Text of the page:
Despite the flaws of social media, it can be a powerful force to share God’s amazing love over the long run. Our witness can be deeply powerful when our unbelieving friends see our continued faithfulness year after year and our hope of glory in the midst of pain (Colossians 1:27).
But that doesn’t mean everything we share on Facebook contributes to this witness. In fact, there are some types of updates we Christians share that, for the most part, do more damage than good.
Here are five status update traps to avoid:
1. Pastor So-and-So is a Big Ol’ Heretic
Imagine, if you will, your unbelieving friends tap into their Facebook app, and the first update they see is you complaining (again) about that pastor you love to complain about. You know the one. You mention, for the third time this week, another thing he taught that is heretical, and you make sure everyone knows it.
First of all, we absolutely must call out false teaching. Jesus laid the groundwork for this when He rebuked the Pharisees and scribes for their hypocrisy (Matthew 23). Paul and John weren’t afraid to point out many false teachers in their letters. So, that’s not the issue.
The issue is that your unbelieving friends don’t know all this. What they see, instead, is one Christian attacking another Christian for what seems like a minor matter. Such updates make it look like we spend most of our time beating each other up instead of doing that “love thing” we claim to do. (Think about how Pilate and other Roman officials responded to the complaints the Jews brought against Jesus and Paul. They didn’t see the difference; they just saw what looked like petty jealousy and bickering to them.)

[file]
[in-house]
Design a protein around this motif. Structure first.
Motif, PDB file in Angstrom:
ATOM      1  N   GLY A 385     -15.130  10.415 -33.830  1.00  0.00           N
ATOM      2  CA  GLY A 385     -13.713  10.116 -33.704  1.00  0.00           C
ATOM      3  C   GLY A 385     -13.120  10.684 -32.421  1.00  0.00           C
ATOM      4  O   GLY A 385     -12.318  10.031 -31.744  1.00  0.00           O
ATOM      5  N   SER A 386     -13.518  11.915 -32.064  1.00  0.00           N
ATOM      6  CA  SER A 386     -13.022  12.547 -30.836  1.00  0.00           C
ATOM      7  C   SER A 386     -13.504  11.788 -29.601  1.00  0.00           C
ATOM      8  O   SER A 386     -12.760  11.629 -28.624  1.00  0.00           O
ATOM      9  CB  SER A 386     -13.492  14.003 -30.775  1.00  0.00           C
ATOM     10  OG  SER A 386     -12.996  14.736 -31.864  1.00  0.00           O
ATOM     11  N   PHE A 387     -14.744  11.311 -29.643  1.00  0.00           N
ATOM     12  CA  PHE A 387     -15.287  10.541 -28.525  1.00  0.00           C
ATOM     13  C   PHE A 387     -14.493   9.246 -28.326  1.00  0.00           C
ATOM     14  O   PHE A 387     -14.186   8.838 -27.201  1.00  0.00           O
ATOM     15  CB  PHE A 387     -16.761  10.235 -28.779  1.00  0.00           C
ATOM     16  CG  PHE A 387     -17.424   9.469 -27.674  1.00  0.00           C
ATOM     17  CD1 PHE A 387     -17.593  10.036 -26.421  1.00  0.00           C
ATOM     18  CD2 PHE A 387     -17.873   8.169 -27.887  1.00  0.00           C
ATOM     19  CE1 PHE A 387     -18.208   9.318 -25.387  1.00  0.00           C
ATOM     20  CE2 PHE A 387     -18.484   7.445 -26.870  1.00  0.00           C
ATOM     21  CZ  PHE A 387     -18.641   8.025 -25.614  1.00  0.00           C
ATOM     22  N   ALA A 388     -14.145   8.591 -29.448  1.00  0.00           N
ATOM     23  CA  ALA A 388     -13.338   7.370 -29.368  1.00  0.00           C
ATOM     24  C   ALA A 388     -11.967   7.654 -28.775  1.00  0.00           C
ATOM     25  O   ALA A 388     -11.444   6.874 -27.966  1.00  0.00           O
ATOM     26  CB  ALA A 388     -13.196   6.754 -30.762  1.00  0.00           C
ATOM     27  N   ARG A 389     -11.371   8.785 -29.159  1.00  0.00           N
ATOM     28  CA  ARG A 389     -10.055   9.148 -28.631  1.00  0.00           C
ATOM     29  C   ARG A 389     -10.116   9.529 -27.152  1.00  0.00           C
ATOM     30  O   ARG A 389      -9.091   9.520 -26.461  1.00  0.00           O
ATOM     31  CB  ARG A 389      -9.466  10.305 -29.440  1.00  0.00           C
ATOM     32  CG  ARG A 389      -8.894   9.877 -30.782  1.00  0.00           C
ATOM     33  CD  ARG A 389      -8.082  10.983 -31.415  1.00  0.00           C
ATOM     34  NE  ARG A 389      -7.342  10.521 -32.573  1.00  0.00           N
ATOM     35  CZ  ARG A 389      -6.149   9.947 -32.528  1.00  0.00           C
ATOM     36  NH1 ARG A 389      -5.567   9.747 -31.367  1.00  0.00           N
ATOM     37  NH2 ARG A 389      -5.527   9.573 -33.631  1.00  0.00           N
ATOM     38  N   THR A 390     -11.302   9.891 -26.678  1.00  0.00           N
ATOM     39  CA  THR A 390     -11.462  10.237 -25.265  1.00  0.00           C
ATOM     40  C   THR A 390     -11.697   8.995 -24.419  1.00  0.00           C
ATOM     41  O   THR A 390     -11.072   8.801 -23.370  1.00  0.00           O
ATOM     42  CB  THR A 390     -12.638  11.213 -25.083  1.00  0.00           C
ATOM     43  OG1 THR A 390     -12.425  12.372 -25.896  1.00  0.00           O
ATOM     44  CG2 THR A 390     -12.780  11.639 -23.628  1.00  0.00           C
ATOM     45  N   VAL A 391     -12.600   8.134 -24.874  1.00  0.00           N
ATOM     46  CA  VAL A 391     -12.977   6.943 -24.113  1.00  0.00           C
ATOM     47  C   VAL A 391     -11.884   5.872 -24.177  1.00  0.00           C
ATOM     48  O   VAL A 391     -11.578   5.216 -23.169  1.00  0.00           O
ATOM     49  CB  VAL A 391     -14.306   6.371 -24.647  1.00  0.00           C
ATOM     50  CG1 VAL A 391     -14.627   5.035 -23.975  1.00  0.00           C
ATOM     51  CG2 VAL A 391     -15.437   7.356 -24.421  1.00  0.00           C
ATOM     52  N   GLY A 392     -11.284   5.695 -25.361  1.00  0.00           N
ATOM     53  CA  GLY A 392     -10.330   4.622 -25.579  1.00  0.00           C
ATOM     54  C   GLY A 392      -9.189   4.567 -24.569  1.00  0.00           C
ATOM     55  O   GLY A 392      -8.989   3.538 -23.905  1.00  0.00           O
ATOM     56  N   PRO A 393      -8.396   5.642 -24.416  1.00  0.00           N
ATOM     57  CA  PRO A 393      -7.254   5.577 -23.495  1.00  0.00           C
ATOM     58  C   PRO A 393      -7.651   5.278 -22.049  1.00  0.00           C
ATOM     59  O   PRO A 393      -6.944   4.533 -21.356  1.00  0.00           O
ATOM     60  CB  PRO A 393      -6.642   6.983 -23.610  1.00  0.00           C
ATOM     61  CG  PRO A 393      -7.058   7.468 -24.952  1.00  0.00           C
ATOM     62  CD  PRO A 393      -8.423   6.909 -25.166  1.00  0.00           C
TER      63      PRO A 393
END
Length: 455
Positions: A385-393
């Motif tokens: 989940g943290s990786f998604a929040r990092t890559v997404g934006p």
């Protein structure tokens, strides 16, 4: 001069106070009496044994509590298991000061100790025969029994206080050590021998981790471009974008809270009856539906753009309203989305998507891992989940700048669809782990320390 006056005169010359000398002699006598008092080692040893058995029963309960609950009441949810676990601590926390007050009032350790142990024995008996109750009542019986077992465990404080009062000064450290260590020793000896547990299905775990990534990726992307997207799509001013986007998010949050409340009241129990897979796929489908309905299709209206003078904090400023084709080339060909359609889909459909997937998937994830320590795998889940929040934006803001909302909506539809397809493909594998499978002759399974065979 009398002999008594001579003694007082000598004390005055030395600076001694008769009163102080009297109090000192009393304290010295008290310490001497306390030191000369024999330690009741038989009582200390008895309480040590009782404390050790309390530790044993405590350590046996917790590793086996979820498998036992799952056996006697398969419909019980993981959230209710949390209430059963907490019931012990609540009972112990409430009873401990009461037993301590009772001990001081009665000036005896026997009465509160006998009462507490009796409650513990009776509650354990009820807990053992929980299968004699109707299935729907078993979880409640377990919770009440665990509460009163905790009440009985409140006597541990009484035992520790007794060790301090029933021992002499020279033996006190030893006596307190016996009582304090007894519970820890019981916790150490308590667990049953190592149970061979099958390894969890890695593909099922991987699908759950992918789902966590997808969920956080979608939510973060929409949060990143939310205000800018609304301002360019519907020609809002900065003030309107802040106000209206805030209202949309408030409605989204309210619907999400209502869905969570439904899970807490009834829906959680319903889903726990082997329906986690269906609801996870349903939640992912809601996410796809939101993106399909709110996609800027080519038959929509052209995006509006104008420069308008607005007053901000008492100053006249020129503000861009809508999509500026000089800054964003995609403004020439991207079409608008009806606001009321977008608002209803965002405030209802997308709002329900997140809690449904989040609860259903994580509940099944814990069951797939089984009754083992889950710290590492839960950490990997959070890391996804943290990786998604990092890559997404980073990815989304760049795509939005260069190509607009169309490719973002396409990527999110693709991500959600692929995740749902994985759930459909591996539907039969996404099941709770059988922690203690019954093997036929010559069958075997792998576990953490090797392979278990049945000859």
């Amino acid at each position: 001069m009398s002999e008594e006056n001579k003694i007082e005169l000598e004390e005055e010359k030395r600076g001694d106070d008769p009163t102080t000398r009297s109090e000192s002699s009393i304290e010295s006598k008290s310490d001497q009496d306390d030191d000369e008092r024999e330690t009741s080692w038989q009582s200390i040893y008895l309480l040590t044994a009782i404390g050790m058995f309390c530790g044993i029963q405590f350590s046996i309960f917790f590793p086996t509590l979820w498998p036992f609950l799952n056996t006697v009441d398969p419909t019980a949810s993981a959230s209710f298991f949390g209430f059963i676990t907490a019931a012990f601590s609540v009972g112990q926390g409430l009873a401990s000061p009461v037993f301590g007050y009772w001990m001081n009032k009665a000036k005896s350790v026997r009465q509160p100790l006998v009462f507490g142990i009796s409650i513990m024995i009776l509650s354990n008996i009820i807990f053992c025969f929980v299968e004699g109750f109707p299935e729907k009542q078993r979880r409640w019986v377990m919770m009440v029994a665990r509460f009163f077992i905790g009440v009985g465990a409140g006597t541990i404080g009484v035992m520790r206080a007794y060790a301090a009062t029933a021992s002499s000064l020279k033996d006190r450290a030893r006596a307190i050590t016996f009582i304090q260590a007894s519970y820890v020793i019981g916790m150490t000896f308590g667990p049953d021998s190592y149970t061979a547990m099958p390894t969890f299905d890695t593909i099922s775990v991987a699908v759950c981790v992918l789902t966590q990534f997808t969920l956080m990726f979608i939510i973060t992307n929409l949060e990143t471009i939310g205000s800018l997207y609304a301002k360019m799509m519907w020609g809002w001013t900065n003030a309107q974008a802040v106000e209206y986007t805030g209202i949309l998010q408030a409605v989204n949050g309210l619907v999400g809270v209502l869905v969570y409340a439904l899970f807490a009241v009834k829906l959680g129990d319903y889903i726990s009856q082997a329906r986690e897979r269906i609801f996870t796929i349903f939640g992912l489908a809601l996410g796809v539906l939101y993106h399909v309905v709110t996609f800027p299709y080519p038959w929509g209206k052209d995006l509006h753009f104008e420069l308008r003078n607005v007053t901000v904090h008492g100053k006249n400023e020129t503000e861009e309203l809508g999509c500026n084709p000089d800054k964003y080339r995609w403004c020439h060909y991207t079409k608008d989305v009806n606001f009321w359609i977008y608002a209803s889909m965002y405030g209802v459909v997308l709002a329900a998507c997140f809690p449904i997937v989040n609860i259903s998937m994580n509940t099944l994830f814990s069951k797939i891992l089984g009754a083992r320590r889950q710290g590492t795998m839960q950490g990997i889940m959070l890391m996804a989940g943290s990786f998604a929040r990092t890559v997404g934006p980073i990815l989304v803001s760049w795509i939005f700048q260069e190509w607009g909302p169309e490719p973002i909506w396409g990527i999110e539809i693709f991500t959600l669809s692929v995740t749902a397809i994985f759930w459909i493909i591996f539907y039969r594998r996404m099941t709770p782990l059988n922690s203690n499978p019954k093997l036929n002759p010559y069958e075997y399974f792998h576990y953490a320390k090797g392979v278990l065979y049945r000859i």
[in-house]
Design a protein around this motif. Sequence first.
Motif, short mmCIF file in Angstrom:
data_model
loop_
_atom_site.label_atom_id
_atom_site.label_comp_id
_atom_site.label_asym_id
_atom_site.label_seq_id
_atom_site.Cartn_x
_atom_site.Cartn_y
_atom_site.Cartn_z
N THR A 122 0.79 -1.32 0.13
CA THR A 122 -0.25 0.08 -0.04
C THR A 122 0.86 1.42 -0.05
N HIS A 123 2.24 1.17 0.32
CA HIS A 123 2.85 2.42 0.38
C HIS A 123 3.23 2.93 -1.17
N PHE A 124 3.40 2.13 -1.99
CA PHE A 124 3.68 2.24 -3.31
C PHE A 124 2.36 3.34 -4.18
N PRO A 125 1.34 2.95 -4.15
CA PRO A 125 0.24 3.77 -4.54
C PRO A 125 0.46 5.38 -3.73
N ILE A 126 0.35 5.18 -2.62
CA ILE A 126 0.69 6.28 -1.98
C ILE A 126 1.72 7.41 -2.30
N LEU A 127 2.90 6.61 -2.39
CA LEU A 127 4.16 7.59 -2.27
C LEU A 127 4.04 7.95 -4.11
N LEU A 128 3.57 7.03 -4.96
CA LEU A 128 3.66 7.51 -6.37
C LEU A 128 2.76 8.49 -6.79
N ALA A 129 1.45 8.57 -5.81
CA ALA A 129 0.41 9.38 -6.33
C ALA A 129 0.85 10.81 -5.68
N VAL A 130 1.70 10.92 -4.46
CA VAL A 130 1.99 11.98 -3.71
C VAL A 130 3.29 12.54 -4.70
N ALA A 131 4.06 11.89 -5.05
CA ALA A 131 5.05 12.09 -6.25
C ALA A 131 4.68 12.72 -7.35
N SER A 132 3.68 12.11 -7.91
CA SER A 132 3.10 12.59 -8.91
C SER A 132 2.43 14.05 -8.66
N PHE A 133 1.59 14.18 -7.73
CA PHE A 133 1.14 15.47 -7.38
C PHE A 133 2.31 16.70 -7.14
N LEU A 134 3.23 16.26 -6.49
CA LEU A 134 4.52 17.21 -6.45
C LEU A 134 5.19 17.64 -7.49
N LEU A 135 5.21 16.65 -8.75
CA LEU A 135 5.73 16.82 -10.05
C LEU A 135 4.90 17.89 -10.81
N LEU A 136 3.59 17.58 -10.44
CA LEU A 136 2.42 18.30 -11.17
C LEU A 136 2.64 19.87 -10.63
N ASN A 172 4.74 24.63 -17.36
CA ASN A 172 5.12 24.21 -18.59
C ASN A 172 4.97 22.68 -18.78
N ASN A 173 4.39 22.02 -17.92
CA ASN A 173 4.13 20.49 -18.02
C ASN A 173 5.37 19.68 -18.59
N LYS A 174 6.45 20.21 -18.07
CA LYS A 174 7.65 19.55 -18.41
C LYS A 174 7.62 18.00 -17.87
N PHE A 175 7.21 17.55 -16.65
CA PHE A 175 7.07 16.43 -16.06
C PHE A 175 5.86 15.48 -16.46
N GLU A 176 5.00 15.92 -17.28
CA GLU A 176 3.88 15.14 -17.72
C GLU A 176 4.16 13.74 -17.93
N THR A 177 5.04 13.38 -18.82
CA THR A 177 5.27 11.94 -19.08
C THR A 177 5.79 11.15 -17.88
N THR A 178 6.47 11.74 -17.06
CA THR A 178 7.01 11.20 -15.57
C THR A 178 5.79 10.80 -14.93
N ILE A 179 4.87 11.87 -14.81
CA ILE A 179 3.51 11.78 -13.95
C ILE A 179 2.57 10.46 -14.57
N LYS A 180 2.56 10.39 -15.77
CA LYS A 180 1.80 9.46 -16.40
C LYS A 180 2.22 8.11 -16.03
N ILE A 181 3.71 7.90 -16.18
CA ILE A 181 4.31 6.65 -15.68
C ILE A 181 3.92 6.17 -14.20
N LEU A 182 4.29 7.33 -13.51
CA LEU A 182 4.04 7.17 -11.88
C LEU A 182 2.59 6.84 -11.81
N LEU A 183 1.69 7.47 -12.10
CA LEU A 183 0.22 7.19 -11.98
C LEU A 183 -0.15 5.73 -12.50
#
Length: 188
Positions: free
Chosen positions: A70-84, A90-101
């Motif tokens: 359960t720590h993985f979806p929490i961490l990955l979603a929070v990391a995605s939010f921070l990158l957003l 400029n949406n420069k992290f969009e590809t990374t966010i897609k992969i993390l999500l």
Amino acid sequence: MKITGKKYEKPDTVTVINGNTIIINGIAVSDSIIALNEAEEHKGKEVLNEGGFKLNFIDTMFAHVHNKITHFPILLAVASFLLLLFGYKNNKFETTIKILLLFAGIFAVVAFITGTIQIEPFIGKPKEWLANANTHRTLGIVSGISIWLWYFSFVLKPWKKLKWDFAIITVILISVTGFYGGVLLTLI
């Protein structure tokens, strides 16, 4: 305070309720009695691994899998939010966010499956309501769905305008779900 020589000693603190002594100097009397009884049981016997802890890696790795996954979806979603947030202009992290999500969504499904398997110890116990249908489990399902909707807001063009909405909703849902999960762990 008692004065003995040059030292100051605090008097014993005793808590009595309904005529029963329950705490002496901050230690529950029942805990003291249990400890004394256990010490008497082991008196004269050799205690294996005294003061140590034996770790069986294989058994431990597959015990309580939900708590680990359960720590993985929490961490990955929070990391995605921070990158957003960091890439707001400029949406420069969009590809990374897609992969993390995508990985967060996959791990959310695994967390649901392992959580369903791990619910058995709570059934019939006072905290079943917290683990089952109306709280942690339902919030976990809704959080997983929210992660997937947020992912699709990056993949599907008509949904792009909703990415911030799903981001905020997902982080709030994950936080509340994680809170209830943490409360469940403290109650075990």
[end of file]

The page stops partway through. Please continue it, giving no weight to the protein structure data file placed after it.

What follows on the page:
Calling out false teaching is much better done in personal settings with other believers or in a private way with someone who isn’t a believer—and usually when you have time to really explain. The context is very important here. Slapping it all over Facebook makes the church seem hypocritical and hyper-judgmental. (more…)
How do you define waiting? Do you think of it as simply as an inconvenience to be endured—or a period of anticipation and perhaps even blessing?
The Psalms are full of references to waiting for God to save, to act, to do something.
“Wait for the Lord; be strong and take heart and wait for the Lord” (Psalm 27:14).
“We wait in hope for the Lord; he is our help and our shield” (Psalm 33:20).